by Staff Writers
Washington DC (SPX) Jul 08, 2011
Under certain conditions, private and commercial propeller planes and jet aircraft may induce odd-shaped holes or canals into clouds as they fly through them. These holes and canals have long fascinated the public and now new research shows they may affect precipitation in and around airports with frequent cloud cover in the wintertime.
Here is how: Planes may produce ice particles by freezing cloud droplets that cool as they flow around the tips of propellers, over wings or over jet aircraft, and thereby unintentionally seed clouds.
These seeding ice particles attract more moisture, becoming heavier, and then "snow out" or fall out of the cloud as snow along the path of a plane, thereby creating a hole in a cloud.
The effects of this inadvertent cloud seeding are similar to the effects of the intentional seeding of clouds: that is, both processes may increase the amount of precipitation falling from clouds.
The study, which was partially funded by the National Center for Atmospheric Research (NCAR) in Boulder, Colo., appears in the July 1, 2011 issue of the journal Science. NCAR is partially funded by the National Science Foundation.
"It is unlikely that the hole-punching ability of planes affects global climate," says Andrew Heymsfield of NCAR, the study's lead author.
But because the hole-punching ability of planes is particularly high when they fly through low subfreezing clouds, major airports that are covered in low clouds during winter are particularly vulnerable to precipitation associated with this inadvertent seeding.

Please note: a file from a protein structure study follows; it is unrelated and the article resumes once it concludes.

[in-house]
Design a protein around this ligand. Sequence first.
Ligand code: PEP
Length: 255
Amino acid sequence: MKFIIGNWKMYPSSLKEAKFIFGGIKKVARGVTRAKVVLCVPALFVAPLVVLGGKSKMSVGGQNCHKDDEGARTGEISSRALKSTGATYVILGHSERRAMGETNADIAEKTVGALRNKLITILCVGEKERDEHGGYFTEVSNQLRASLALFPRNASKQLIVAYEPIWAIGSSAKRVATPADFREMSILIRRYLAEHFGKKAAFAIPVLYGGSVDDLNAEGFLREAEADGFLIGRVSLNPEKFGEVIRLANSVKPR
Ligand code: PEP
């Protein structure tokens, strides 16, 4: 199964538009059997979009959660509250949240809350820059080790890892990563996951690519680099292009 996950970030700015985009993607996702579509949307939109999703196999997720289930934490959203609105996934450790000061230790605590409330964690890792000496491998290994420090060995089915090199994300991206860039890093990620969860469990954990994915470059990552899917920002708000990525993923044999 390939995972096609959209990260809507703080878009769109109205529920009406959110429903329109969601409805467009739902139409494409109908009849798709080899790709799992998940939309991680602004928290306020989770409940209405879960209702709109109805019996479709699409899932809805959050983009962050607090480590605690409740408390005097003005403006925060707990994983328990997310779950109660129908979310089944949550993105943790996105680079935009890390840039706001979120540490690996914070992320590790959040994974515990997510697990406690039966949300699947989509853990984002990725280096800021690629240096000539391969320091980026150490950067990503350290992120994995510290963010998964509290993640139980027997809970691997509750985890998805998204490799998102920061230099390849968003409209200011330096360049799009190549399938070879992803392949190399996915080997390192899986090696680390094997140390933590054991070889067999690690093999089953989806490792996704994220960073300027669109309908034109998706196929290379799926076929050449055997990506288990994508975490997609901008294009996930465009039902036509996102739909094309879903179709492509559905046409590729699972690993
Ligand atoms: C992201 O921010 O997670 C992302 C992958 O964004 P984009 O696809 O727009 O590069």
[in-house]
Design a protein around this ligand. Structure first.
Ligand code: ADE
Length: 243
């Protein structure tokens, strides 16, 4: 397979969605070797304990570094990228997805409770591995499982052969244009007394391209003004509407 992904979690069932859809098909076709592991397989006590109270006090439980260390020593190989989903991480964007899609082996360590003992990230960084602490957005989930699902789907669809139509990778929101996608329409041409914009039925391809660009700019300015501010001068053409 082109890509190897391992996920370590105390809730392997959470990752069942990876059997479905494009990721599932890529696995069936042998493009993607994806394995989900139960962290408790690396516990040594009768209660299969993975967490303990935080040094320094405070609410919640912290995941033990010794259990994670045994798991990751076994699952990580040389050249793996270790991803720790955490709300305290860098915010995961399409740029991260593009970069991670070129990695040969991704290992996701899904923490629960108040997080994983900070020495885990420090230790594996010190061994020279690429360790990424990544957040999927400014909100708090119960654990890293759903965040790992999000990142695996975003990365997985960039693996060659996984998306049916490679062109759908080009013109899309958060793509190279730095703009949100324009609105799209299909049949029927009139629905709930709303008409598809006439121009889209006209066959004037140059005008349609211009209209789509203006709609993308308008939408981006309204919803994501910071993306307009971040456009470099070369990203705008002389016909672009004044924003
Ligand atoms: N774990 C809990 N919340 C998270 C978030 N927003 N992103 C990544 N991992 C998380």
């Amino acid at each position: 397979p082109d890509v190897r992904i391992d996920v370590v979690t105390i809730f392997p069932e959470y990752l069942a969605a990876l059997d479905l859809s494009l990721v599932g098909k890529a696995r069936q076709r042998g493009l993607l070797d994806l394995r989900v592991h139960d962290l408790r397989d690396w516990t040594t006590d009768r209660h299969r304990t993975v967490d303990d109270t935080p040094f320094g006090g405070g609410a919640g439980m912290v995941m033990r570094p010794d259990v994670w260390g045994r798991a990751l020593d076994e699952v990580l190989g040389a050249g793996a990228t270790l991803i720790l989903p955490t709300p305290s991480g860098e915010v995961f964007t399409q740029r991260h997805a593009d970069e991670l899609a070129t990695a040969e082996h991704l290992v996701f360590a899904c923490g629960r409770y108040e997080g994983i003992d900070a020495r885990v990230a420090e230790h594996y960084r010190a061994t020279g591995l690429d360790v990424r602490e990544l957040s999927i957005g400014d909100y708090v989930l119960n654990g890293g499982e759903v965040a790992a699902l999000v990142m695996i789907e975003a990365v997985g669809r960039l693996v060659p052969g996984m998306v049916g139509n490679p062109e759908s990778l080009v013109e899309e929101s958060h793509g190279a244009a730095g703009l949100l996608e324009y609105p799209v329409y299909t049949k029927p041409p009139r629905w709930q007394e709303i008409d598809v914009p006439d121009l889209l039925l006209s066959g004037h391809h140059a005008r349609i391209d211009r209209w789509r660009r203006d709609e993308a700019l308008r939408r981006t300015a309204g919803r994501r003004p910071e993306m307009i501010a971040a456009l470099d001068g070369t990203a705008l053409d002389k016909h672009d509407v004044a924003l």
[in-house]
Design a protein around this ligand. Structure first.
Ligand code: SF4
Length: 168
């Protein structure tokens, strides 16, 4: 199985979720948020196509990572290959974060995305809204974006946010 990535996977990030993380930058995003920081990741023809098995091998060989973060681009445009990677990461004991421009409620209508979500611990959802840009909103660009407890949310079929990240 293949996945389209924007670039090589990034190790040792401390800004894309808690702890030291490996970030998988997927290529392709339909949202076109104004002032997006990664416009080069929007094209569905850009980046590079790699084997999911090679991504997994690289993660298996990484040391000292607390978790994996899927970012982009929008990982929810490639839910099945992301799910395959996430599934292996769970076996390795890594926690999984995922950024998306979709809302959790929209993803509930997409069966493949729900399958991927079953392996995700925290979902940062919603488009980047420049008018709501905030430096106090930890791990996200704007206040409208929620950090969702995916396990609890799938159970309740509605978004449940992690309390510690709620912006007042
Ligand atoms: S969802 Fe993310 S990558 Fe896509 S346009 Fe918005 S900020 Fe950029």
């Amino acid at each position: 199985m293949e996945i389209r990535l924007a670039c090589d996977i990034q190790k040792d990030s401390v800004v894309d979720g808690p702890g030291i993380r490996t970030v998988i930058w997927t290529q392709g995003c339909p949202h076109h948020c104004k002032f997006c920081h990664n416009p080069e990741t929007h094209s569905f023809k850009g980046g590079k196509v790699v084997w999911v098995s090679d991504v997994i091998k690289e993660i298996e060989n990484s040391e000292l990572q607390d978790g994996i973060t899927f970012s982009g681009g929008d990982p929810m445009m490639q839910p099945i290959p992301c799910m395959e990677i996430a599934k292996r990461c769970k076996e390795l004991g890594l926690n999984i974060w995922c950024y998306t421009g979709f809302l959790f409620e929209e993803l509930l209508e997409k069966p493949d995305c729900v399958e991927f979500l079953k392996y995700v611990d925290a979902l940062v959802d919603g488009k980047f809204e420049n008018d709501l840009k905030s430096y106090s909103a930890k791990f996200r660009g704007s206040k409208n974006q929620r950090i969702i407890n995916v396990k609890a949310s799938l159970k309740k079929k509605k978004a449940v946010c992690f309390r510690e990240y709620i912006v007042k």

This vulnerability means it may be necessary to de-ice planes more frequently, Heymsfield says. Also, because weather station records that climate modelers incorporate into climate predictions are housed at airports in the Arctic and Antarctic, climate predictions for these areas may be influenced by local weather conditions caused by inadvertent seeding near those airports.
Heymsfield says that his team's latest research built on a paper published by the team last year on a similar topic in the Bulletin of the American Meteorological Society by:
1) evaluating the exact types of aircraft that produce airplane induced holes and canals;
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Sounding rockets study how winds in space drive currents in the upper atmosphere
Greenbelt MD (SPX) Jul 06, 2011
Some 50 miles up in the sky begins a dynamic region of the atmosphere known as the ionosphere. The region is filled with charged particles created by extreme ultraviolet radiation from the sun. At the base of the ionosphere, charged particle motions create a global current called the "atmospheric dynamo." Generally moving in loops from the equator to the poles, the dynamo changes daily bas ... read more
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